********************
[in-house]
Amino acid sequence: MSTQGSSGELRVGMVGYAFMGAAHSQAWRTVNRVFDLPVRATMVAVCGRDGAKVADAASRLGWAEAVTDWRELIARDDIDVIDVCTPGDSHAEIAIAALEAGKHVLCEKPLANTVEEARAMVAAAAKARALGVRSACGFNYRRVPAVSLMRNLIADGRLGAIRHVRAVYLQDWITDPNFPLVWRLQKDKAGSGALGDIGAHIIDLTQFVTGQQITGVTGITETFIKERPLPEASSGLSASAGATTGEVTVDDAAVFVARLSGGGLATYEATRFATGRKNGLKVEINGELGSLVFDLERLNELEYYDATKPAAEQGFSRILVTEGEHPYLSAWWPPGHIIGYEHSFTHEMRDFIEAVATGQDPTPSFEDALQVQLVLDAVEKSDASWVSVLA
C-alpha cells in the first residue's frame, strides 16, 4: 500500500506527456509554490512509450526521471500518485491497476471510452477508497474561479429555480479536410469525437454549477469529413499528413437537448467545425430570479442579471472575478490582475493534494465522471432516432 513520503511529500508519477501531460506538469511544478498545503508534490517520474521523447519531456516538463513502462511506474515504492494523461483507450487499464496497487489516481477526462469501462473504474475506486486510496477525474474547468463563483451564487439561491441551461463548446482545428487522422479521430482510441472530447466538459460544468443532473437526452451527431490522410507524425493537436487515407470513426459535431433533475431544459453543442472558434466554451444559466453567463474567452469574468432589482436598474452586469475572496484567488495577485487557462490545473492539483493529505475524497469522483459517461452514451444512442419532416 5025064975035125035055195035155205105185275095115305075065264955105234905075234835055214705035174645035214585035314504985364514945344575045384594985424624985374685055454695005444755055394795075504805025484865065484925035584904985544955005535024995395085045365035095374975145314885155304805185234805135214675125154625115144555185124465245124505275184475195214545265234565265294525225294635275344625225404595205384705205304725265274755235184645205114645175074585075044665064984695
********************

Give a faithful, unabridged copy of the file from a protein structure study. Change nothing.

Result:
[in-house]
Amino acid sequence: MSTQGSSGELRVGMVGYAFMGAAHSQAWRTVNRVFDLPVRATMVAVCGRDGAKVADAASRLGWAEAVTDWRELIARDDIDVIDVCTPGDSHAEIAIAALEAGKHVLCEKPLANTVEEARAMVAAAAKARALGVRSACGFNYRRVPAVSLMRNLIADGRLGAIRHVRAVYLQDWITDPNFPLVWRLQKDKAGSGALGDIGAHIIDLTQFVTGQQITGVTGITETFIKERPLPEASSGLSASAGATTGEVTVDDAAVFVARLSGGGLATYEATRFATGRKNGLKVEINGELGSLVFDLERLNELEYYDATKPAAEQGFSRILVTEGEHPYLSAWWPPGHIIGYEHSFTHEMRDFIEAVATGQDPTPSFEDALQVQLVLDAVEKSDASWVSVLA
C-alpha cells in the first residue's frame, strides 16, 4: 500500500506527456509554490512509450526521471500518485491497476471510452477508497474561479429555480479536410469525437454549477469529413499528413437537448467545425430570479442579471472575478490582475493534494465522471432516432 513520503511529500508519477501531460506538469511544478498545503508534490517520474521523447519531456516538463513502462511506474515504492494523461483507450487499464496497487489516481477526462469501462473504474475506486486510496477525474474547468463563483451564487439561491441551461463548446482545428487522422479521430482510441472530447466538459460544468443532473437526452451527431490522410507524425493537436487515407470513426459535431433533475431544459453543442472558434466554451444559466453567463474567452469574468432589482436598474452586469475572496484567488495577485487557462490545473492539483493529505475524497469522483459517461452514451444512442419532416 5025064975035125035055195035155205105185275095115305075065264955105234905075234835055214705035174645035214585035314504985364514945344575045384594985424624985374685055454695005444755055394795075504805025484865065484925035584904985544955005535024995395085045365035095374975145314885155304805185234805135214675125154625115144555185124465245124505275184475195214545265234565265294525225294635275344625225404595205384705205304725265274755235184645205114645175074585075044665064984695